This is given as 5 oF above the temperature at which the oil shows no movement at the surface for 5 seconds when inclined. This is very important in winter and additives called pour point depressants are used to increase fluidity at low temperature.
This is the amount of zinc used as an extreme pressure anti-wear additive. This only comes into play as a last resort when the oil boundary layer has broken down and metal to metal contact occurs. Hopefully this only happens rarely, but when it does the zinc compound combines with the metal to prevent scuffing and wear. About 0.11% to 0.12% zinc is the optimum. More is not better, it just lasts longer and excessive concentrations can actually lead to increased wear, the formation of deposits and sparking plug fouling.
% sulphated ash
This is how much solid material is left when the oil is burned. High ash content forms more sludge and deposits in the engine and causes increased valve wear.
Reading the label on the can
All of the above values are obtainable from any reputable oil company, but only tell part of the story. The type of base oil used, the type, quality and proportions of additives used are just as important. If you read the small print on a can of engine oil you will find a number of specifications which the oil is designed to meet. The minimum to look for on mineral oil is API SG/CD where API is the American Petroleum Institute, S means it’s for petrol engines and G indicates the type of additive package, CD means it’s also suitable for some diesels.
This is important if you use own brand oils, Tesco, Halfords etc. They’re OK but the problem is that they’re not always the same — the business is put out to contract periodically and whoever quotes the best price supplies the next batch. They’re supposed to be to the same spec, but who knows?
These have been developed over the last 30 years initially to cope with the extremes of temperature experienced in high altitude jet engines and space vehicles. They are made from synthetic base fluids — polyalphaolefins (PAOs) and esters — plus an additive package. PAOs are made by chemically inserting molecules of ethylene into carbon chains of uniform length and shape that remain liquid and slippery under a wide range of conditions. These are combined with esters, which are compounds formed by the reaction of alcohol and certain acids.
Synthetic oils have a number of advantages over the old dead dinosaur juice and, used correctly, virtually eliminate wear caused by friction. Partly because they use little or no polymers, they retain their viscosity much longer, have a higher flash point (typically around 500 oF), a lower pour point [around – 60 oF] and, because the esters molecules carry an electrical charge, they cling to the metal surfaces in the engine indefinitely and provide lubrication on start up. There are also none of the waxes and other unwanted constituents found in mineral oil. Unfortunately these desirable qualities come at a price. Synthetics are up to three times the price of conventional oil but can also last three times as long, so the long term cost is not so different, in any case the annual cost of oil is small compared to the total running costs.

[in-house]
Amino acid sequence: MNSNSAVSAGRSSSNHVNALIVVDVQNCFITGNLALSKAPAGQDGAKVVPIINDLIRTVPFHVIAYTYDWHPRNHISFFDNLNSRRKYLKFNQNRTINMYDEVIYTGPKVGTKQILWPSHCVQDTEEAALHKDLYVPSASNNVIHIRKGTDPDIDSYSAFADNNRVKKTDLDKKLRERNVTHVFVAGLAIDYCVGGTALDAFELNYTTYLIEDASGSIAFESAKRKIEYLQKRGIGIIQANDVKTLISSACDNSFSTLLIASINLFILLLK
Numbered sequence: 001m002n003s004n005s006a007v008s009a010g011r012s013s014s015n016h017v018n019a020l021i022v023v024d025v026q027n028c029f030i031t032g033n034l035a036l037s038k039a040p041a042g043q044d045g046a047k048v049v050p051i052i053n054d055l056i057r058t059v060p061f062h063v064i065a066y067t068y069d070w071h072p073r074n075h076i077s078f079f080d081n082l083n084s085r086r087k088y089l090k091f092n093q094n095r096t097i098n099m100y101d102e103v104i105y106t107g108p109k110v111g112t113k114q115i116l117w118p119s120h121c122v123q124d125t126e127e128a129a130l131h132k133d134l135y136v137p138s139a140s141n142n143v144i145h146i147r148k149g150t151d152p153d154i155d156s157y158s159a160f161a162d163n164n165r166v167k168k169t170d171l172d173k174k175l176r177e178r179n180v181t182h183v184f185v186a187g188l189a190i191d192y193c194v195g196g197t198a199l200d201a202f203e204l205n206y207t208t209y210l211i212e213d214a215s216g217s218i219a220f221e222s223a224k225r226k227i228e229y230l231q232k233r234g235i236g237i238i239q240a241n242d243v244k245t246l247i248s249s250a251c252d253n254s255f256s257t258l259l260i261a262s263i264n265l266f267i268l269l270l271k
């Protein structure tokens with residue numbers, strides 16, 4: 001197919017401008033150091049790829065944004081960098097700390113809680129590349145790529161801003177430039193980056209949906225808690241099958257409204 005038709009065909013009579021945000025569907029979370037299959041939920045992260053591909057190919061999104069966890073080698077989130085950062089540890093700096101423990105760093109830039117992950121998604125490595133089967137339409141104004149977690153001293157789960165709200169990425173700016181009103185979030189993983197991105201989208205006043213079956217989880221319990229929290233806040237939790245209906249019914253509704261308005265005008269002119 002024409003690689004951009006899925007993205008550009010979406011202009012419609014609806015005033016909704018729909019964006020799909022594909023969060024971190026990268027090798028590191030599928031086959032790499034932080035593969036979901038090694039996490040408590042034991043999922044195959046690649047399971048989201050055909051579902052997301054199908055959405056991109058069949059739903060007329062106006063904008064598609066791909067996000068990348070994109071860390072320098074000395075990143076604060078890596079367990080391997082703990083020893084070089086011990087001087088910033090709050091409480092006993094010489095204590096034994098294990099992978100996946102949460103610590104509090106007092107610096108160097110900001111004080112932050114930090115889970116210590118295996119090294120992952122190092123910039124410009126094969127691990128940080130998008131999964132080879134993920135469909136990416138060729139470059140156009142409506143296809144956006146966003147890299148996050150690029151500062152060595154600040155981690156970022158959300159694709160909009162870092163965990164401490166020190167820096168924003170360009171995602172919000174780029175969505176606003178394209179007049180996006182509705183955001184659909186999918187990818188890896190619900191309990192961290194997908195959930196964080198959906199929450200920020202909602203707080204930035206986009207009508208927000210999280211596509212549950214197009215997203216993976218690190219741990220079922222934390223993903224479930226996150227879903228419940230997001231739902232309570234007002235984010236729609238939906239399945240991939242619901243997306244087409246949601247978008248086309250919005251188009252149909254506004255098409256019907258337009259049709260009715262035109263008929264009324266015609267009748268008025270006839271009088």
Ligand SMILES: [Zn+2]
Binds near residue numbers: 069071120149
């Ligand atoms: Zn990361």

If Norton recommended 50 grade oil for my dads’ 1932 16H, it was because that was the best available at the time. It’s not a reason for not using the best available today, and by 1970 they were recommending 20w-50. All the evidence points to the fact that the correct viscosity range for air cooled bike engines is provided by 15w/50 or 20w/50 oil, ( Duckhams Q20-50 was specifically designed for motorcycles, it was only by accident that it was found to benefit cars, but that’s another story) and the best and longest lasting protection is provided by synthetic oil.
First, if you don’t already have one, fit a proper filter. If you’re worried about maintaining the original appearance, you can hide it in the toolbox.
In all the independent tests I’ve seen nothing has ever beaten Mobil 1. Mobil produce a 20w-50 synthetic oil for bikes called ‘Mobil 1 V-Twin’ which would be my first choice if I could get it, but it’s only available in the US and they don’t plan to introduce it in the UK at present. In the UK they sell ‘Mobil 1 Racing 4T’ which is 15w-50 and is suitable for all air-cooled bikes. It’s a pity about the name, which sends the wrong message. There is also Mobil 1 15w-50, which is intended for cars, and is to SJ specification. As most of the motorcycle specific oils on the market are simply relabelled car oil, I’m not bothered about this and after using it for some 5 years in my Commando I’m very pleased with the results.
If you wish to change from one kind of oil to another it’s not necessary to clean out the engine, unless it’s dismantled of course, and don’t use flushing oil as it’s usually mostly paraffin (kerosene) and no matter how careful you are, some of it will be left in the engine and will contaminate the new oil.
If you’ve just rebuilt your engine and decide to use synthetic oil then don’t use it whilst running-in, it will take forever. Better to use a good quality 20w-50 mineral oil for the first 1000 miles or so and then change to synthetic.
This is a whole separate subject, but can be dealt with very briefly. Don’t! They are designed to make money, not to improve the performance of your oil. There’s nothing wrong with that of course if they’d write it on the tin instead of the fictitious claims of less wear, better fuel consumption, success with girls etc.
We all want to believe in magic; it’s a pity you can’t buy it in a tin.
Gerry Bristow spent most of his working life in the oil industry, with Duckhams, BP and others.